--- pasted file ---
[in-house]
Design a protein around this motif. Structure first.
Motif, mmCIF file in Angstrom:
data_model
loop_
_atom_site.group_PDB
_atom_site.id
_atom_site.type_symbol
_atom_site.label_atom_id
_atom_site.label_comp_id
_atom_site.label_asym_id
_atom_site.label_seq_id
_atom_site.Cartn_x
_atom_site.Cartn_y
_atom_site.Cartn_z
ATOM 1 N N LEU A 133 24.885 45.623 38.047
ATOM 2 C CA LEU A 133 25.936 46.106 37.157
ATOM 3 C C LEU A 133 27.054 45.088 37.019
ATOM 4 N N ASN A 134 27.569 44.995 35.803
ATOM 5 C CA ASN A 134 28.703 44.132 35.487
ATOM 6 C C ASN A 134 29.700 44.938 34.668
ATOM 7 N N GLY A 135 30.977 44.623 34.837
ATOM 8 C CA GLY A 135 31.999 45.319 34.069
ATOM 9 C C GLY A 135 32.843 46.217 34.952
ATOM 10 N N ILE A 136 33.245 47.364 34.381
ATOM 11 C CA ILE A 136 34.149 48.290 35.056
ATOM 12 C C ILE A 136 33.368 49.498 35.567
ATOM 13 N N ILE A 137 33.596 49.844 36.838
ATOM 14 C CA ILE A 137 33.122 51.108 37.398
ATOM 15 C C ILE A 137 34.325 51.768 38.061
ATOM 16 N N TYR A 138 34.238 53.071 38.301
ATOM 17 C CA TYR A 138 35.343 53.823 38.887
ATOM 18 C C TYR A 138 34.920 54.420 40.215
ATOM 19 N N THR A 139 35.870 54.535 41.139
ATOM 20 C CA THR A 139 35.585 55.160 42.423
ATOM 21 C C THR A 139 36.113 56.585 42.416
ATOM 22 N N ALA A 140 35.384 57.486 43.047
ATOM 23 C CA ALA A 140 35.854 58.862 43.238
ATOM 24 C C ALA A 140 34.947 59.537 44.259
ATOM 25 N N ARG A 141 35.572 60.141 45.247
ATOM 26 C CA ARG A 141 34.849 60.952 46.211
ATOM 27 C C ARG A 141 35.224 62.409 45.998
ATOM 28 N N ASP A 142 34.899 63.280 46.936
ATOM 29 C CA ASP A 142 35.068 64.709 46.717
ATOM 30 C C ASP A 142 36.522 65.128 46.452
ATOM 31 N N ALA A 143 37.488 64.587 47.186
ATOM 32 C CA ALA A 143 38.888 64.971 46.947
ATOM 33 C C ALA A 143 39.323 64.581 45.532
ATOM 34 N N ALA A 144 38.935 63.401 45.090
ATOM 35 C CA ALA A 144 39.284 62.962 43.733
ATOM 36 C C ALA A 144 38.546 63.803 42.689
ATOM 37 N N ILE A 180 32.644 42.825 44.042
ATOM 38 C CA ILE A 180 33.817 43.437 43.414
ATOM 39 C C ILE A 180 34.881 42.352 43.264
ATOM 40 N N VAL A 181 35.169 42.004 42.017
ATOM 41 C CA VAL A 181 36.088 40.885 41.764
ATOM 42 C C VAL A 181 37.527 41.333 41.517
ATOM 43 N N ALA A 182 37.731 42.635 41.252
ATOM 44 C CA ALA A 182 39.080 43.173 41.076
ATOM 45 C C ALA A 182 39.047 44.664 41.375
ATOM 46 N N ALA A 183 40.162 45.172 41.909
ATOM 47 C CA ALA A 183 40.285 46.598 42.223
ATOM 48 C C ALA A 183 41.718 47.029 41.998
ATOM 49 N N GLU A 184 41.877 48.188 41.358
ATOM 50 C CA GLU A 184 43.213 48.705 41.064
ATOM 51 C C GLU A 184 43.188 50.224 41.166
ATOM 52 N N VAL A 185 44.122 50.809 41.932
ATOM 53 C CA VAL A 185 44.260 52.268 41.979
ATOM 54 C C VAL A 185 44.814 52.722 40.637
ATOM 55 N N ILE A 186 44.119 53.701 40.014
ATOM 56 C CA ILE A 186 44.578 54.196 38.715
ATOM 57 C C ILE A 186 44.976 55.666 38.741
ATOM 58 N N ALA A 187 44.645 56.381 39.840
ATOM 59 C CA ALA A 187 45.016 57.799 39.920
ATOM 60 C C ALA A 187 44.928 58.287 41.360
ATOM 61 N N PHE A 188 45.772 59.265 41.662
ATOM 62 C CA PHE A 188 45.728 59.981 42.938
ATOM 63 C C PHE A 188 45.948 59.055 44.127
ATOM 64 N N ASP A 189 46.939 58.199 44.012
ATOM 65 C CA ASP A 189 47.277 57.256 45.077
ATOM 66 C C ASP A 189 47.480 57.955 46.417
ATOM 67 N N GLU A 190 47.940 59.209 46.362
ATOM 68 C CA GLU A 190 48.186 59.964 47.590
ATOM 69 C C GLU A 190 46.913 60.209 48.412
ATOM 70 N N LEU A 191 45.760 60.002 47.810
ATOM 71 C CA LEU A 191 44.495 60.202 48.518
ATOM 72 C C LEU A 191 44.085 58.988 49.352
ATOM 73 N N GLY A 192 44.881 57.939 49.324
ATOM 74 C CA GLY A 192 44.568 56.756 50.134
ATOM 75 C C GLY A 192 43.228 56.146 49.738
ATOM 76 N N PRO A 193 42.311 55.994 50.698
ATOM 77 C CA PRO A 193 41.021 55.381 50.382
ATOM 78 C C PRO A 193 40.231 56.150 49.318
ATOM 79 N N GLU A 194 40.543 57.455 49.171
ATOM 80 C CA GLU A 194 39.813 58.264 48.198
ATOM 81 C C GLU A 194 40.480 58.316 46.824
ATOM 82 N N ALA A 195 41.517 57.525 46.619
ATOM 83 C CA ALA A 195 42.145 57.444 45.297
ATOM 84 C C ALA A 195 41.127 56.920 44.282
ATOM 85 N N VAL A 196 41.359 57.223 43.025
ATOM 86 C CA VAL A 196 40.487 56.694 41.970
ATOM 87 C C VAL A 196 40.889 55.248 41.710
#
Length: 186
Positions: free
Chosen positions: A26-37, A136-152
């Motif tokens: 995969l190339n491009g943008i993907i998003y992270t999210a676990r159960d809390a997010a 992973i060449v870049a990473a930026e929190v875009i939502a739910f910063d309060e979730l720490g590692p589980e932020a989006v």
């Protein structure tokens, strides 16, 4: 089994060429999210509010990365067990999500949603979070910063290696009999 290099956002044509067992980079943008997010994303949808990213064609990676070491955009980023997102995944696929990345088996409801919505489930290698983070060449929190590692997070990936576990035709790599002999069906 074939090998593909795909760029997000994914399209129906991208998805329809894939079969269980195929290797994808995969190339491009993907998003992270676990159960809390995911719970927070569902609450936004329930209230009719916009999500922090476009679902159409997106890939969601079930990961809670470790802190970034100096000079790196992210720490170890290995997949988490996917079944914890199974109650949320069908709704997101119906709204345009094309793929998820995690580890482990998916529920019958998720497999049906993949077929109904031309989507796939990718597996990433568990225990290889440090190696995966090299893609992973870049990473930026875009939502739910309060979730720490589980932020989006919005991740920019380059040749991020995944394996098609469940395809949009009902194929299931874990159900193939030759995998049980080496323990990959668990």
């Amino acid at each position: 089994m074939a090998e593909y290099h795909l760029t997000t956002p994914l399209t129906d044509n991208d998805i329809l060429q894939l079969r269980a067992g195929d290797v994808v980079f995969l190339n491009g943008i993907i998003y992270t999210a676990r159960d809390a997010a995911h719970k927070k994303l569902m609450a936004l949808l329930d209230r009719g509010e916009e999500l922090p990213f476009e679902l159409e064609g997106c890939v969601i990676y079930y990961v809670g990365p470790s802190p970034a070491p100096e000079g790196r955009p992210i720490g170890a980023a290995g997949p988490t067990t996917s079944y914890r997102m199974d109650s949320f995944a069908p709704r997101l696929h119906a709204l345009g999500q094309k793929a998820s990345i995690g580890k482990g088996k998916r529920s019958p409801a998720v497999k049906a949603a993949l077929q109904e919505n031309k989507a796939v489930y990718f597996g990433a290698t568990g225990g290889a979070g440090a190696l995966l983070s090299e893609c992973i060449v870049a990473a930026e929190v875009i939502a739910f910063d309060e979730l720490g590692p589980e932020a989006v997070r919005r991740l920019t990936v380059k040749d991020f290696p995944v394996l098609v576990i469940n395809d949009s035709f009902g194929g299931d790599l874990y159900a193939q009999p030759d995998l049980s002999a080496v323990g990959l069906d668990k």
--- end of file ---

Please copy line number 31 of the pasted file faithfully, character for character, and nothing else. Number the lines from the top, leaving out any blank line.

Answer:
ATOM 16 N N TYR A 138 34.238 53.071 38.301